The last thing most sixth-grade science students at Carver Elementary
expect when Meagan Williams opens up her portable "lab-in-a-box"
is to play dress up.
graduate student in biology at The University of Southern Mississippi,
hands someone a lab coat, a business suit, and a baseball uniform.
Then, Williams asks them to identify the scientist. When the class
finds out the answer is "all of them," the proverbial
light bulbs go off around the room.
kit, students are taught about the scientific method. Then they're
asked to think of all the ways the people they're dressed up as
might use science in their jobs," Williams said. "They
learn how all of us use science in our everyday thinking. You can
really see how excited the kids get when it all starts to click."
exercise is just one of many creative examples of how a partnership
between area school districts and Southern Miss graduate students
is reaching students in the sciences.
Funded by the
National Science Foundation, the Graduate Teaching Fellows in K-12
Education (GK-12) program enables graduate students in the sciences
to serve as resources in K-12 schools.
As part of
the program, the graduate students conceptualize and construct portable
science kits, called "labs-in-a-box." These kits, about
25-30 in all and tailored for different subject areas, can be checked
out by participating teachers or taken into classrooms by the graduate
In all, 12
Southern Miss students working in five content areas - biology,
chemistry/biochemistry, polymer science, geology and mathematics
- serve six school districts: Hattiesburg, Forrest County AHS, and
Lamar, Forrest, Covington and Jefferson Davis counties.
fellows work with area teachers about 20 hours each week,"
said Dr. David Hebert, GK-12 project coordinator. "That involves
about 10 hours of prep time and about 10 hours of teaching."
The partnership works so well, Hebert said, because it allows teachers
to help graduate students with the teaching aspect, and it allows
graduate students to bring enhanced science content into the classroom.
One of the
more popular boxes with students is the DNA test kit. Using gels,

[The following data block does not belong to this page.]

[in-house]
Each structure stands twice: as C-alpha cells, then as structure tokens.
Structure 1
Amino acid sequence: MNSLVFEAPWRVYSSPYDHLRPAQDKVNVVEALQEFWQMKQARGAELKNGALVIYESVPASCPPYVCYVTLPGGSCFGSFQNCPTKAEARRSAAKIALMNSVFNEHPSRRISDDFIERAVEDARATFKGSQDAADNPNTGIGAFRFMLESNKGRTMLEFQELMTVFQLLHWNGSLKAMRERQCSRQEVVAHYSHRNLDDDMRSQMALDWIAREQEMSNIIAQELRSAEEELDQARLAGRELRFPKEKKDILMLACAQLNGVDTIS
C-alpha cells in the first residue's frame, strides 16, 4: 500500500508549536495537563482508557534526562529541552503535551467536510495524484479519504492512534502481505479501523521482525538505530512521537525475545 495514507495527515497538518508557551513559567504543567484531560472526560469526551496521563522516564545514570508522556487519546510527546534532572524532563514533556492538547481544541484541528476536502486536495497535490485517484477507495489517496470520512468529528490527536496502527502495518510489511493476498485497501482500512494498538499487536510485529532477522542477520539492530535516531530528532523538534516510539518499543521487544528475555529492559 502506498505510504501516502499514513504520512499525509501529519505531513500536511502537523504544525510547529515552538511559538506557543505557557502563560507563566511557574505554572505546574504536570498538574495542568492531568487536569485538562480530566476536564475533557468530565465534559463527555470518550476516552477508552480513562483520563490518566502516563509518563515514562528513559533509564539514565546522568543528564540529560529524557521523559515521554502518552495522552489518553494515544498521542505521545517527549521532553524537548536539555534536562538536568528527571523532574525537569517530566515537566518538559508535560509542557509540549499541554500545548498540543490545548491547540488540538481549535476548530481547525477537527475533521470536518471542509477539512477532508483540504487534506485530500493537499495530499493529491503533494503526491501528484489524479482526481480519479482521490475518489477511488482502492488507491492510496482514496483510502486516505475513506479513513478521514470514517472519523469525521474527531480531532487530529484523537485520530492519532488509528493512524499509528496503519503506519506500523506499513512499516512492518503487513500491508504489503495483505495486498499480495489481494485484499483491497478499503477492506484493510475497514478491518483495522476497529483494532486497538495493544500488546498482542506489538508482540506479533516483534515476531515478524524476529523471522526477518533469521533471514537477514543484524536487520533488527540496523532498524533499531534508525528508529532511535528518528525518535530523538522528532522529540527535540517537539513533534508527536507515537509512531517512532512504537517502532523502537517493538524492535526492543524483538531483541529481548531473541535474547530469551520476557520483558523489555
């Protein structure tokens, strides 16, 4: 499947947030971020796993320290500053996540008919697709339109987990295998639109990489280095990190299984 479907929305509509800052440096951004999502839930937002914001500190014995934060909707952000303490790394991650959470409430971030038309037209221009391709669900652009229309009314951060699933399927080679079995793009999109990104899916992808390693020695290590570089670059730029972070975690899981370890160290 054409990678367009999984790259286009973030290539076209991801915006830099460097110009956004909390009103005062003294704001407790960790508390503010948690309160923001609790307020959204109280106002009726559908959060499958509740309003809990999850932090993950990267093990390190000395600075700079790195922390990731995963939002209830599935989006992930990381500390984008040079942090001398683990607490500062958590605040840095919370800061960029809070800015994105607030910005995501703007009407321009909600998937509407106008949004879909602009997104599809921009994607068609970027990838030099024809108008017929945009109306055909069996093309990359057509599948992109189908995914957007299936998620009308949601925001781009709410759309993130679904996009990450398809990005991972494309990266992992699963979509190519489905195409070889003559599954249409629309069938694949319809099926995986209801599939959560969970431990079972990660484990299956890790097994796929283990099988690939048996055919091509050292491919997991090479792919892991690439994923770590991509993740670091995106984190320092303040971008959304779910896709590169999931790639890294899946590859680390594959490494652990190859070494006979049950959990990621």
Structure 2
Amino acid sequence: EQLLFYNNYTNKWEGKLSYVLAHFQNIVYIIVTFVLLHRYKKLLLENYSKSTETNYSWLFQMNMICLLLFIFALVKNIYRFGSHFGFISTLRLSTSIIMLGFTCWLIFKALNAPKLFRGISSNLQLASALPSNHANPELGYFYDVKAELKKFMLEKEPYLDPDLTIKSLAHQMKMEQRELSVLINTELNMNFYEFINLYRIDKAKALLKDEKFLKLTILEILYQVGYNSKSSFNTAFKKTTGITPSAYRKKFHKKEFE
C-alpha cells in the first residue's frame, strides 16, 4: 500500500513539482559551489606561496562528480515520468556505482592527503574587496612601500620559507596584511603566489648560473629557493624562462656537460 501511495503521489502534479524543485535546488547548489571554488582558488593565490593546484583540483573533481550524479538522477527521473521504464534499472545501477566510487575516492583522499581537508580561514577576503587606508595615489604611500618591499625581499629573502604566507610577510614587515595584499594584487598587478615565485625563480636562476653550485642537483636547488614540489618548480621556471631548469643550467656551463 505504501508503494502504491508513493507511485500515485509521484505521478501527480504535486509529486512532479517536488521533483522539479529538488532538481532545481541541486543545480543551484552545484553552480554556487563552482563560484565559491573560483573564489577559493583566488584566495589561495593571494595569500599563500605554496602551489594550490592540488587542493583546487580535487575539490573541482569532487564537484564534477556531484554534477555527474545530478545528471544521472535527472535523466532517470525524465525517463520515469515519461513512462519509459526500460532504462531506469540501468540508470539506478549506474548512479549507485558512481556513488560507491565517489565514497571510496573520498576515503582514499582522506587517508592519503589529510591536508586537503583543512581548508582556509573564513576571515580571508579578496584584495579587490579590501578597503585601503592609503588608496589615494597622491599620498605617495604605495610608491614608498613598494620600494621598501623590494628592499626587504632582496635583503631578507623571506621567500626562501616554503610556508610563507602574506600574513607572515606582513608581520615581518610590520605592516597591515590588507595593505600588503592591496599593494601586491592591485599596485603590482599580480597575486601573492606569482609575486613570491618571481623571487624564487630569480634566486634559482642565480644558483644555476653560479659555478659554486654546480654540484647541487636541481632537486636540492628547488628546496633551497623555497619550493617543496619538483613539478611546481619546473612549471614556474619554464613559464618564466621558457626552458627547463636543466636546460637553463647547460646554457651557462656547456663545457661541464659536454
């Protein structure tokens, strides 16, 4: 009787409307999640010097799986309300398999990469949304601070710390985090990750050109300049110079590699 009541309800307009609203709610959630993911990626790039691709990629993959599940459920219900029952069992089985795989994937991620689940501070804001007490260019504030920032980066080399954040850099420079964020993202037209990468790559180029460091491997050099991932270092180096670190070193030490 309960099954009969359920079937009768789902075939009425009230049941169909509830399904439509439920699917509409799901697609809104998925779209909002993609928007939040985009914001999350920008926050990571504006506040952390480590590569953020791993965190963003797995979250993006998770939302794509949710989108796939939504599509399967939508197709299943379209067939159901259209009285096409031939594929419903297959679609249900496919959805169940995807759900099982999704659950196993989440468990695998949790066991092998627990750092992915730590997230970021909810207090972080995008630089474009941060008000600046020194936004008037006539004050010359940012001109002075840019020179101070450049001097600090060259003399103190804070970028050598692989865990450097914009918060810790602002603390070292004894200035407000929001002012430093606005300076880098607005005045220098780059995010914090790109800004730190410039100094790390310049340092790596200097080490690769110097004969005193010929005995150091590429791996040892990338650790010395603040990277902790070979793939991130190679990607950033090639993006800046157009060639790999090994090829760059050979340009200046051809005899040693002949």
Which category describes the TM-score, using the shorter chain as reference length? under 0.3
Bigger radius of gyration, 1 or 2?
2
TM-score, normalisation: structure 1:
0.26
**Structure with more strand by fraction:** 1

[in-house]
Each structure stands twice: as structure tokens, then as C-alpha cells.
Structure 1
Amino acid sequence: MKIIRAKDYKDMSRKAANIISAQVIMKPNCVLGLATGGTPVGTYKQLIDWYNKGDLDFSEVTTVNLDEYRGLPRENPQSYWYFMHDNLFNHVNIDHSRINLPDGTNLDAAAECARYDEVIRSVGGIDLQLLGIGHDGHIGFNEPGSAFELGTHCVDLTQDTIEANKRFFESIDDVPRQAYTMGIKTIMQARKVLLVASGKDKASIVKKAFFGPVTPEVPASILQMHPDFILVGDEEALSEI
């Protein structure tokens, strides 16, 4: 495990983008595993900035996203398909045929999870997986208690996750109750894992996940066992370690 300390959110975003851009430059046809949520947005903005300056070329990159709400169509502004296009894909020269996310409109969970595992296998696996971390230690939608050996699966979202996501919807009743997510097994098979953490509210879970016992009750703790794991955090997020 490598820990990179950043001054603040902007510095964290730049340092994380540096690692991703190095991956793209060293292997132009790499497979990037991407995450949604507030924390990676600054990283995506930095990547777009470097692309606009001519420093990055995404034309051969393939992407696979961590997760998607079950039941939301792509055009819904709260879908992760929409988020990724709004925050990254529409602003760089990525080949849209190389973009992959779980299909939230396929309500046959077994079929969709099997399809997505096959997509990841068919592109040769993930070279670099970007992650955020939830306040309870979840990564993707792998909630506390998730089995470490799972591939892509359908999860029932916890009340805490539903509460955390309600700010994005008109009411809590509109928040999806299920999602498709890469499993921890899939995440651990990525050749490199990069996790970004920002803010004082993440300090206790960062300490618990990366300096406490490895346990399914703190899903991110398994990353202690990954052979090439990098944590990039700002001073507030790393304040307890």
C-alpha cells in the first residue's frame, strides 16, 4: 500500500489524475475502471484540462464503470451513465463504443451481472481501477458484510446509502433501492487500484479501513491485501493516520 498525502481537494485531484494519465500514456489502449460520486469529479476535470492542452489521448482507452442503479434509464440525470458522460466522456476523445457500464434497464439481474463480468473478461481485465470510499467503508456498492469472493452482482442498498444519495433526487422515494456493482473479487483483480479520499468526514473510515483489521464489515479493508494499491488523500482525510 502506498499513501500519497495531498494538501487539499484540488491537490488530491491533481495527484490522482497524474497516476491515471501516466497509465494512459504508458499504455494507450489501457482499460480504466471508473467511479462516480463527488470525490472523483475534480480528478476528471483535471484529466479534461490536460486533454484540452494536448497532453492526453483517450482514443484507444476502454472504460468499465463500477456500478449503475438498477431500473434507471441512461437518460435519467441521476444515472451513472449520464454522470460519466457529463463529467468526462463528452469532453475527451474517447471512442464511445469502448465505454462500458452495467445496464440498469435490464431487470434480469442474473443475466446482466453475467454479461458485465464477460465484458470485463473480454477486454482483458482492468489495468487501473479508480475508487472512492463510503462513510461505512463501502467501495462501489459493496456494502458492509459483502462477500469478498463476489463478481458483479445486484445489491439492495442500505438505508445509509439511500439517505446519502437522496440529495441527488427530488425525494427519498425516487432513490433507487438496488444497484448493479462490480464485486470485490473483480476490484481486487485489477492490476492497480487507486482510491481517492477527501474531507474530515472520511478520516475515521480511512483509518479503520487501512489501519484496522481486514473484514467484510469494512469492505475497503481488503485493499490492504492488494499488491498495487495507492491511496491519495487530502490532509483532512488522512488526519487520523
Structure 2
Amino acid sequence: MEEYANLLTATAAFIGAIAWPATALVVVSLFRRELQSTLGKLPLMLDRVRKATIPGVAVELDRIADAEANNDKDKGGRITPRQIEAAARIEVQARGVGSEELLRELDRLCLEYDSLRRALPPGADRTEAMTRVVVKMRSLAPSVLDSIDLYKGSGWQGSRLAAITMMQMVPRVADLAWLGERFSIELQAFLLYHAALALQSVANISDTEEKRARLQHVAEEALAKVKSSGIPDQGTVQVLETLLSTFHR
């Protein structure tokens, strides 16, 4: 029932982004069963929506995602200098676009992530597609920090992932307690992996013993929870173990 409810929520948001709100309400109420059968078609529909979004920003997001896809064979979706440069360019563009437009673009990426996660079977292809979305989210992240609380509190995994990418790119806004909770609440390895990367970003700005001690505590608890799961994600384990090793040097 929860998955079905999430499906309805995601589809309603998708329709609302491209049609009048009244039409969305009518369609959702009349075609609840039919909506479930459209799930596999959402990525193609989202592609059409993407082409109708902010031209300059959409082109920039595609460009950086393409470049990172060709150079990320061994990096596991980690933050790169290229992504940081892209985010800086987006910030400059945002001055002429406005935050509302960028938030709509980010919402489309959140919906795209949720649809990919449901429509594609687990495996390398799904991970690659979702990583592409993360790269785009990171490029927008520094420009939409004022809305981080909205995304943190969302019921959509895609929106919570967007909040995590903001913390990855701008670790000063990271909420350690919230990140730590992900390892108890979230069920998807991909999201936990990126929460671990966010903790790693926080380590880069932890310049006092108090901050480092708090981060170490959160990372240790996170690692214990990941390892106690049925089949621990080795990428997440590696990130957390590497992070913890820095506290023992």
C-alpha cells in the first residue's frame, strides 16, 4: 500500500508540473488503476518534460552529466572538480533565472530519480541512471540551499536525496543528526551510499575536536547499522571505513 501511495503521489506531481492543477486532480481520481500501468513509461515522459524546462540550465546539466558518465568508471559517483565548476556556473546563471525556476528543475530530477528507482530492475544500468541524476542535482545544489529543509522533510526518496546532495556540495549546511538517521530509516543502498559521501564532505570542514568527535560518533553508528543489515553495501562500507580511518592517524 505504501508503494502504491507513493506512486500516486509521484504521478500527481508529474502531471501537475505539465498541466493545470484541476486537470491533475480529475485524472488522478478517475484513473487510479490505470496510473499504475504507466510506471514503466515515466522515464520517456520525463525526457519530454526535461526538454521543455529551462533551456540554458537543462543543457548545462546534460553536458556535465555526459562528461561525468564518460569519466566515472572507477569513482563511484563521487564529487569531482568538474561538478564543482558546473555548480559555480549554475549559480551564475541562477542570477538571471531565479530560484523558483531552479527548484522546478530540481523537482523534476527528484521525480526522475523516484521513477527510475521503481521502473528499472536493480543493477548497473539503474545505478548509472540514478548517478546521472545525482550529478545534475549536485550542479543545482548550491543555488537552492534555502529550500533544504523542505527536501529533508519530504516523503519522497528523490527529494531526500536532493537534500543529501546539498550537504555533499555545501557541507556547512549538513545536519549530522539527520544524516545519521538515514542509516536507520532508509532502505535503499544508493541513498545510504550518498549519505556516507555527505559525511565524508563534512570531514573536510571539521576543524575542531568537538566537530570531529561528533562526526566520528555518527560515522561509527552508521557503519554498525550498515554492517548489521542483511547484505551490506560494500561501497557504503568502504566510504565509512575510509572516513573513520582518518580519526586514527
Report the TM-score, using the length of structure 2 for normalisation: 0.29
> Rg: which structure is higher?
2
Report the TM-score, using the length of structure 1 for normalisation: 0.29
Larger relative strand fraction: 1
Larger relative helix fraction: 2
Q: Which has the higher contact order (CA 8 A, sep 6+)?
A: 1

buffers, droppers and synthetic DNA, high school students can do
makeshift forensic tests right in the classroom. "It's a neat
test for kids who might have seen these kinds of things on TV crime
shows," said fellow Austin Trousdale, a Ph.D. candidate in
Dr. Susan Ross,
director of the Center for Science Education at Southern Miss, said
the labs-in-a-box can be used as early as kindergarten but are geared
toward fifth-graders and up. Through the NSF grant, the university
was able to purchase four laptops with Flex-Cams and projection
units. Using a software program called Starry Night, these projection
units can cast constellations on the classroom wall, Ross said.
"The GK-12 partnership has been met with nothing but enthusiasm
from all the students and teachers who participate," Ross said.
School principal Charles Lewis said the program gives teachers an
additional resource to tap into by networking with the graduate
students, who help plan activities, projects and other assignments.
One of those teachers was Addie Coleman, who teaches geometry at
Using one of
the math kits, she had students plan a trip to faraway cities using
maps, graphing paper and atlases. After plotting courses to their
selected destinations, students then wrote stories and produced
brochures about the cities they "visited."
done about five or six projects using hands-on applications in class.
All of them were designed to help students see how math can be used
in real life," Coleman said.
her aim as a graduate fellow is similar. Teaching at both Bassfield's
Carver Elementary and Prentiss' J.E. Johnson Elementary, Williams
strives to reach kids who've never had a "formal introduction
to science." Whether it's planting seeds, experimenting with
liquid nitrogen or creating silly putty and slime out of polymers,
she has one goal in mind with students.
thing is to 'wow' them with science," Williams said.
For more information
about the GK-12 program, contact Ross or Hebert at (601) 266-4739.